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We parked were the East and West Mesa fire roads cross Hwy 79.  From there we followed the same route, I had followed the week before (East Side to West Side to Green Valley fire road to Soapstone Grade)  The trails drain pretty well with only a mushy spot here and there.  It intermittently misted on us but nothing too drastic.  I had a long sleeve jersey and leg warmers on so some of my lighter clad friends would argue with me.  After the climb up Soapstone we followed to a paved one lane road.  We we right and followed it for about a half a mile were we went around a gate and stayed on the main road which took us back to the 79.  We were able to get up a good head of steam on both the access road and the 79 but found that the self induced wind chill took most of the fun out of going fast.  So cruising speeds was in order.

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After a couple of curves of hwy 79 we pulled off to the left onto Milk Ranch fire road.  We followed Milk Ranch for a few hundred yards and then hung a right onto Middle Peak fire road.   The climb was up Middle Peak was very scenic even with the bad weather out.  We even passed a herd of mule deer early in the climb.  The wet weather was starting to wear on all of us, because we were not particularlyprepared for the weather that greeted us here.  When we reach the top of Middle Peak we noticed ice on the ground!  The rain had frozen in the trees the night before and was now falling off the trees onto the pine needles below.

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So after a few minutes of regrouping at the top of Middle Peak we continued along Middle Peak fire road as it started descending down the west side of the mountain.  At the bottom we hung a left back onto Milk Ranch fire road and followed it for a few hundred yards and then took a right on Azalea Springs fire road.  Some where along Azalea Springs fire road we missed a turn or took a turn we should not have and ended up on Azalea Glen fire road.  We ended up on the paved Lookout fire road that goes between Hwy 79 and Cuyamaca peak.  We were expecting Fern Flat fire road to be right in front of us.  Go up or down to find it?  Well our legs collectively made the decision to go down.  Well we were wrong and ended up at Hwy 79.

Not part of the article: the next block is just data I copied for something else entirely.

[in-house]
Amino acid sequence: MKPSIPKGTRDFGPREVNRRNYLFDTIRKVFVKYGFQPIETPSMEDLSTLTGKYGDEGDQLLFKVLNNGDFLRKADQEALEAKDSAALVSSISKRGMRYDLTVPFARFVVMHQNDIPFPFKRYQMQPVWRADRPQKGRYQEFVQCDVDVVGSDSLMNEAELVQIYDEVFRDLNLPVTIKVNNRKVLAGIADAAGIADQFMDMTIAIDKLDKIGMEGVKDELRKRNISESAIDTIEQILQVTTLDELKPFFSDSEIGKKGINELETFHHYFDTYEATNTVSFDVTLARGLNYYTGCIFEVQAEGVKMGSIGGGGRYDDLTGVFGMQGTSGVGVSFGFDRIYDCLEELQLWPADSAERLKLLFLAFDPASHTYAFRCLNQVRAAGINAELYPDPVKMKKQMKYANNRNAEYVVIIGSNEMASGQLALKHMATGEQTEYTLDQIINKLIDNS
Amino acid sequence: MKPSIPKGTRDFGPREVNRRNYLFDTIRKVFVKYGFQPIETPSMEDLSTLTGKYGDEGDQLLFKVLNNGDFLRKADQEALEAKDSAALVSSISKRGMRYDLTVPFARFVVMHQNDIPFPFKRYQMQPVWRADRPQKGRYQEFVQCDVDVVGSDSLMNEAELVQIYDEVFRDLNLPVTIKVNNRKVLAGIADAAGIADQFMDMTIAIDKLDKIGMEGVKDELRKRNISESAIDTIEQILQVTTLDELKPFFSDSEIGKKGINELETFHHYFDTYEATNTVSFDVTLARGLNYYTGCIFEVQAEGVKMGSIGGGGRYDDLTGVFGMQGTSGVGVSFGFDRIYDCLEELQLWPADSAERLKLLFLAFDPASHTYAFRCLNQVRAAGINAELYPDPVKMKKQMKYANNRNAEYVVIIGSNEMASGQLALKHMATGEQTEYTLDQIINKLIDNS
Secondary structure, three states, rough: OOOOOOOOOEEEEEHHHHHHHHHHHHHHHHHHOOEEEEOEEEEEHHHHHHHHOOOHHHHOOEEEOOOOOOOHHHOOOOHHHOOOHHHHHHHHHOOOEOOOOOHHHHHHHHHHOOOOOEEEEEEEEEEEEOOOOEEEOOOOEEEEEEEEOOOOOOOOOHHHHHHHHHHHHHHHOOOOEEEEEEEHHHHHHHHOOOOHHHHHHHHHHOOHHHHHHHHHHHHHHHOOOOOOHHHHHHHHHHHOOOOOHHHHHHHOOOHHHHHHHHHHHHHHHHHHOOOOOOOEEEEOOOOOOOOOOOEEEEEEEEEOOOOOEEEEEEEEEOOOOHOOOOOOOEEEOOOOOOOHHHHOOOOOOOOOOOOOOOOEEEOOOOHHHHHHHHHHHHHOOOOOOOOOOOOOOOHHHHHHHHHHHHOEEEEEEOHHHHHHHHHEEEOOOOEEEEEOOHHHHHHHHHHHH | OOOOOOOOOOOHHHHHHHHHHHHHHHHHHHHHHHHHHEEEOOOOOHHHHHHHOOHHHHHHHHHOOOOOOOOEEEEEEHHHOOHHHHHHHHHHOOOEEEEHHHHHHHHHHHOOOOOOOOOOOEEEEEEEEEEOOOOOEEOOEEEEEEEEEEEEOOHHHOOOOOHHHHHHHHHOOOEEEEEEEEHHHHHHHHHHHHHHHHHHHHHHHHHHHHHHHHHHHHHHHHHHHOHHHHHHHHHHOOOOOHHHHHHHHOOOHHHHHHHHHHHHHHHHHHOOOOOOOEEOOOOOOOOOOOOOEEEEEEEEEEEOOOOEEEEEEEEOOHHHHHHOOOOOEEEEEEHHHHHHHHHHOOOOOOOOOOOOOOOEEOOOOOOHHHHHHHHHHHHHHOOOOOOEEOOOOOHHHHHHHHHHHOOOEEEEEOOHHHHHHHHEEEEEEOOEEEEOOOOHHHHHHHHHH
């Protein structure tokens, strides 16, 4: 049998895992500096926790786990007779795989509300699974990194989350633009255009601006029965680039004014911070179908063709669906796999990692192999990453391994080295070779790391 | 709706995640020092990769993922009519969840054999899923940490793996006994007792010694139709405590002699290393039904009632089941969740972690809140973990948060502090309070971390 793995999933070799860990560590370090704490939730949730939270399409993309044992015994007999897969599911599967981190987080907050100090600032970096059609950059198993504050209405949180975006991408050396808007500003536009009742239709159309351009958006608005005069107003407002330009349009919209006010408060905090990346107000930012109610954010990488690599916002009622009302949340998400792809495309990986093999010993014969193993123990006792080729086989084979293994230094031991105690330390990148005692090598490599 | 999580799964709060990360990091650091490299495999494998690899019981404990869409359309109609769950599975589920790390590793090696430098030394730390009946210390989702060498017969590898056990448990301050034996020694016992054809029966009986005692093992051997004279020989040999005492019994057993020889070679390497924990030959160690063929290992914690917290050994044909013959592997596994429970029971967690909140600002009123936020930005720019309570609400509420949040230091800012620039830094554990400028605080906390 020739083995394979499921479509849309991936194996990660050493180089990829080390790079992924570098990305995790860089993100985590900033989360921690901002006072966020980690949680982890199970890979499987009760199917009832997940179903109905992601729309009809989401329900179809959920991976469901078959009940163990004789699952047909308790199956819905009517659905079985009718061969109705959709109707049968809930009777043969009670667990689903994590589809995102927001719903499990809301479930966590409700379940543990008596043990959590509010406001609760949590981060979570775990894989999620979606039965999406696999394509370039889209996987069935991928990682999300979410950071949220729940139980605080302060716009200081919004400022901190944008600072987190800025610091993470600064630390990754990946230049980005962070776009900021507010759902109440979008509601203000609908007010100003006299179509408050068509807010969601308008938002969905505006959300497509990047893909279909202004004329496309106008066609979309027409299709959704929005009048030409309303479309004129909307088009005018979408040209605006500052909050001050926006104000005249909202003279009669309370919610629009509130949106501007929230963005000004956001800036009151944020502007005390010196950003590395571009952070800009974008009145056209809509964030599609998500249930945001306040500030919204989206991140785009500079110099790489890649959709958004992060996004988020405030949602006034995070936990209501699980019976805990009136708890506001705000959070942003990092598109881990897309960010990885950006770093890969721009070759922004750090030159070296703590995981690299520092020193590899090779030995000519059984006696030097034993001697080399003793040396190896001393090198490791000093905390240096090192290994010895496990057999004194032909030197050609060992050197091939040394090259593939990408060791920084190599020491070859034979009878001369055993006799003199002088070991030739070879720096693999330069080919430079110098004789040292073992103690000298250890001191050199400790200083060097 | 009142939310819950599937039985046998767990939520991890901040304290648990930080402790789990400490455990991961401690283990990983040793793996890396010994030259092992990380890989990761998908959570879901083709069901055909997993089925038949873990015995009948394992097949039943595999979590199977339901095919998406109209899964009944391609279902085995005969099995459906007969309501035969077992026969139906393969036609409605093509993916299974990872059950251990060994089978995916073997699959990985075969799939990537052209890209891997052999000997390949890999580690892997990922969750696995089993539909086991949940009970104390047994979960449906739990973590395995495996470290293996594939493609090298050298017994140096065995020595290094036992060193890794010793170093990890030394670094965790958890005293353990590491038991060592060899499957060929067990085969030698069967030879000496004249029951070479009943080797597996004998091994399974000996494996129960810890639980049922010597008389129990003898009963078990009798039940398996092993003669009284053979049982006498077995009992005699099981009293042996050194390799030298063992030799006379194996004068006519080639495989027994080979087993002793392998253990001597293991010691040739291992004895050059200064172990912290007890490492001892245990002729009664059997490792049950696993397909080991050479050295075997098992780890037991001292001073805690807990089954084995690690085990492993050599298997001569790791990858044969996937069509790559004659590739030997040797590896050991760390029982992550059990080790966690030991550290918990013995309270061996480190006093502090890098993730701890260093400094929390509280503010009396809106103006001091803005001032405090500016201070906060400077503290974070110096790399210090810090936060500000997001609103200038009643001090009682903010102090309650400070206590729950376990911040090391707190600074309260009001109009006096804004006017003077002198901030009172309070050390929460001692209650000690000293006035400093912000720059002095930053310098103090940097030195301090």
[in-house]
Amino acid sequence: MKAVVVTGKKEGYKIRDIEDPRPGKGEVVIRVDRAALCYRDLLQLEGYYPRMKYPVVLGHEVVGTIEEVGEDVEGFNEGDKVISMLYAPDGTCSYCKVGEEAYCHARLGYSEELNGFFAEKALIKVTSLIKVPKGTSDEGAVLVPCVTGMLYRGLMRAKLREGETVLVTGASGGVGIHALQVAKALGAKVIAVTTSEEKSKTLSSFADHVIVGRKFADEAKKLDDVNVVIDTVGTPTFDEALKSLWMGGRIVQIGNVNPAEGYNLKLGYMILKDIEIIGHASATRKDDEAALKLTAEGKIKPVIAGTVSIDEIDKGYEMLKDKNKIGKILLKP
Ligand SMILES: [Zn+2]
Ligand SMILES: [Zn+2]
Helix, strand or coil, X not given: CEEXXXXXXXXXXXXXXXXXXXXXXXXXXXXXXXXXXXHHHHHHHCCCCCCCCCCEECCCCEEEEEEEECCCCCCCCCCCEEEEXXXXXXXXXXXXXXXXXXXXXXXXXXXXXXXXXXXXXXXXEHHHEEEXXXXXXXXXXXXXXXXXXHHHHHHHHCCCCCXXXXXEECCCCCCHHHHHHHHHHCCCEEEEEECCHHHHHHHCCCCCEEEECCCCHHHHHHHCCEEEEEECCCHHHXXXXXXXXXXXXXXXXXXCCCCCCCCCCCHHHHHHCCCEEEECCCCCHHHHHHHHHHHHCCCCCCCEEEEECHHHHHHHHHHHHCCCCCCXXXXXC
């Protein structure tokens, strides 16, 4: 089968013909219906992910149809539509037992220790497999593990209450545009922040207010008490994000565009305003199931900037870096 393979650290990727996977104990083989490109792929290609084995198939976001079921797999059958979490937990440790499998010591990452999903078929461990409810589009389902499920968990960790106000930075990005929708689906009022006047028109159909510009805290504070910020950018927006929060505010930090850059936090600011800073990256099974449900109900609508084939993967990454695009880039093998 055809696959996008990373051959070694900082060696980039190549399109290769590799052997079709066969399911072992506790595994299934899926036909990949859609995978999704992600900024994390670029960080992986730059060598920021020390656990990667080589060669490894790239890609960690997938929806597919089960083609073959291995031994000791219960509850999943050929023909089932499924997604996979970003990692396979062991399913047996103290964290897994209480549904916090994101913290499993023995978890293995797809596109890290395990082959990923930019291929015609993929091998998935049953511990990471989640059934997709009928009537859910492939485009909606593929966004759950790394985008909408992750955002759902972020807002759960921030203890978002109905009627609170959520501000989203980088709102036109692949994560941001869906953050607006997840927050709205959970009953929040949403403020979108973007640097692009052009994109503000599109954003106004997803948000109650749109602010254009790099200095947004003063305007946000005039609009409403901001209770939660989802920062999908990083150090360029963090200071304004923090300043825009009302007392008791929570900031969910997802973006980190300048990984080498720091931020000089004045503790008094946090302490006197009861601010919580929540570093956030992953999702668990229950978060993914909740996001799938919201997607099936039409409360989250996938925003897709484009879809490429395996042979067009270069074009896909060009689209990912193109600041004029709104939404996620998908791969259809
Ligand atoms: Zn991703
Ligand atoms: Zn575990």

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We decided to rolled down Hwy 79 and connect back up with the West Side singletrack that we had been on before.   What a blast that was for a being a payment ride.  Scary fast almost.  My computer registered 40 mph as my highest speed and there were a couple of curves that I nearly blew.  We connected back up at with the single track and retrace our route from there back to the truck were we loaded up our very dirty and happy looking bikes.  24.5 miles for the adventure that day.  We stopped at the restaurant on Cuyamaca Lake and warmed up as well as filled up.    What a day!

April 21st, 2002 Ride Report:
  We started our ride about a mile south of the horse trail parking lot on Hwy 79. We started off heading north on a single track off the east of the 79 heading north (name East Side trail, hmm… imagine that). The trail was for the most part rolling hills among the shade of oak trees.   The rolling single track brought us up to a horse trailer staging area. From here we cut through the parking lot and traveled up Hwy 79 for about 200 yards and then hung a left onto Japacha Fire Road.  About 30 yards into that we hung a right onto another single track that parallels Hwy 79 on the west side.  Can you guess the name of the trail?  That's right… the West Side Trail.  This trail had more rolling hills and twists and turns and even a couple of easy to handle switchbacks.